Nassau district attorney candidates trade accusations


The race for Nassau district attorney has quickly become one of the most hotly contested in the county, with Democratic State Sen. Todd Kaminsky, of Long Beach, and Republican Anne Donnelly, of Garden City, trading blistering verbal barbs in a series of TV commercials.

The spots, running on CNN and other cable networks, began three weeks ago, when Donnelly, a 30-year career prosecutor in the Nassau district attorney’s office, aired one featuring a Syracuse woman, identified in the commercial as Jennifer P. The woman, Jennifer Payne, said her daughter’s killer was released without bail because of the state’s bail-reform law, which Kaminsky voted for in the Senate. 

The State Legislature first passed the bail-reform measure in 2019, restricting the use of cash bail and pretrial detention in misdemeanor and nonviolent felony cases. It did, though, give judges discretion to assign bail in almost all violent felony cases and certain nonviolent cases, such as witness tampering, according to the Brennan Center for Justice.  

In Donnelly’s commercial, Payne holds a framed photograph of her daughter, Sarah Tombs, who was 22 at the time that she died. 

The man who allegedly shot her, Darien Shellman, then 24, a mall security guard who was a Navy veteran with no prior criminal record, was charged with second-degree (unintentional) manslaughter after, he claimed, his gun went off when Tombs, his girlfriend at the time, grabbed the weapon and a bullet struck her in the head, killing her, according to Syracuse.com.  

Shellman had been held in jail on $75,000 cash bail or $150,000 bond following Tombs’s death in April 2019, but was released on Jan. 9, 2020, under the new bail-reform law, eight days after it took effect, according to Syracuse.com and CNYCentral.com. 

Under the original bail-reform law, unintentional manslaughter was among the alleged crimes for which defendants were automatically released. The Legislature amended the law in April 2020, a little more than three months after the measure took effect, to include a greater number of crimes for which bail could be assigned, including any alleged crimes in which someone had been killed, according to the Brennan Center.

Although bail could have been reassigned in this case, it never was, and Shellman recently accepted a plea agreement for which he will serve no prison time, according to Syracuse.com. Kaminsky noted that the district attorney who offered the plea deal is a Republican.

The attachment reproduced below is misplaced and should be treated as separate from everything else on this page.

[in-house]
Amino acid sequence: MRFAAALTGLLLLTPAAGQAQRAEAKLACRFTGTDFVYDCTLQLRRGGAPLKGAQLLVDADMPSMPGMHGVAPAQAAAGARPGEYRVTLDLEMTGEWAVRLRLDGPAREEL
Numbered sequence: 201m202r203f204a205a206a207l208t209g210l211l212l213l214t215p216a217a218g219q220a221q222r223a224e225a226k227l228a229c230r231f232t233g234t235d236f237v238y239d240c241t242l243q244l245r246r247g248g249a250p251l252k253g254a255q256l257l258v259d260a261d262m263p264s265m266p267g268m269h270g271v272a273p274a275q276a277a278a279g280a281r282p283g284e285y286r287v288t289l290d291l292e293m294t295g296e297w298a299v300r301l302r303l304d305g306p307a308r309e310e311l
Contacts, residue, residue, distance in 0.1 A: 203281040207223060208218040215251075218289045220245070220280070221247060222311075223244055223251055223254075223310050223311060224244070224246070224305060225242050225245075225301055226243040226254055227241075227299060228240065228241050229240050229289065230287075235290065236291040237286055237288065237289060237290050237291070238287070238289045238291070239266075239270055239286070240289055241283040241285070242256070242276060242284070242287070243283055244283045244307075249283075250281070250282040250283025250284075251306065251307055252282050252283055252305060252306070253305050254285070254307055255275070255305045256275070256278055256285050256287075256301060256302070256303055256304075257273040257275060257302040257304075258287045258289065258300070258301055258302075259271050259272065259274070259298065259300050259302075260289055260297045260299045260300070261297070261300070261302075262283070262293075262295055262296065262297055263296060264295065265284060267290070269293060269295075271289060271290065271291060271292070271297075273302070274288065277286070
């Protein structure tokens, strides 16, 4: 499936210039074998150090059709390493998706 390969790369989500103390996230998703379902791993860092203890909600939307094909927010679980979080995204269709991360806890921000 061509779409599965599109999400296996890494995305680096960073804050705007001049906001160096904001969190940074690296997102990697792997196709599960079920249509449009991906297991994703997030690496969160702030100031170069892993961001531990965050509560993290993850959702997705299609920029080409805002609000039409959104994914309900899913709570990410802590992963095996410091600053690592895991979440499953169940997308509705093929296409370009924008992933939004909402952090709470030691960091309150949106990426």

Kaminsky has repeatedly said he voted for the bail-reform bill, but was not a prime sponsor, and he did not write it, as Republicans, including Donnelly, have incorrectly claimed. He also emphasized that he voted for the amended law giving judges back the discretion to assign bail in crimes such as second-degree manslaughter. 

Kaminsky recently rolled out a commercial of his own, saying Donnelly had “botched” a case involving a woman accused of plotting to kill her husband, saying Donnelly had lied to the judge in the case. 

At one point in the 2010 case against Susan Williams, a Garden City mother, a mistrial was declared after a taped phone conversation between Williams and her daughter was erroneously played for a jury. In the commercial, Kaminsky blamed Donnelly for the error, and said she had changed an agreement sent to the judge. 

Williams was ultimately found guilty in the case, but Kaminsky stressed that there “was a mistrial. That’s a serious thing.”

Asked for a response, Donnelly wrote in an email, “It is no surprise that [Kaminsky] would lie about my unblemished record as a prosecutor. It is sad that Senator Kaminsky is embarrassing himself this way, and the voters always see through a politician’s lies.” 

So far in the campaign, Kaminsky has emphasized his law-enforcement background. In 2008, he joined the U.S. attorney’s office for the Eastern District of New York, in Brooklyn, and worked for six years as an assistant U.S. attorney. There he became acting deputy chief of the Public Integrity Section. He had been an assistant district attorney in the Queens County D.A.’s office, prosecuting domestic violence cases, robberies, shootings and other violent crimes. 

Donnelly resigned from the Nassau County district attorney’s office to run for the top job, as she was required to do, but she has emphasized her extensive law-enforcement background. She was most recently deputy chief of the office’s Organized Crime and Rackets Bureau. She was also liaison to the Nassau County Correctional Facility. She formerly oversaw public corruption trials as acting chief of the public corruption bureau, once served as the deputy chief of the economic crimes bureau and was a senior trial assistant in the rackets bureau, as well as a felony-screening supervisor.

In the most recent financial filing, Kaminsky said he had raised $1.7 million for his campaign. A spokesman for Donnelly said she had raised more than $386,000.

Both Kaminsky and Donnelly said they planned to run more TV commercials in the coming weeks.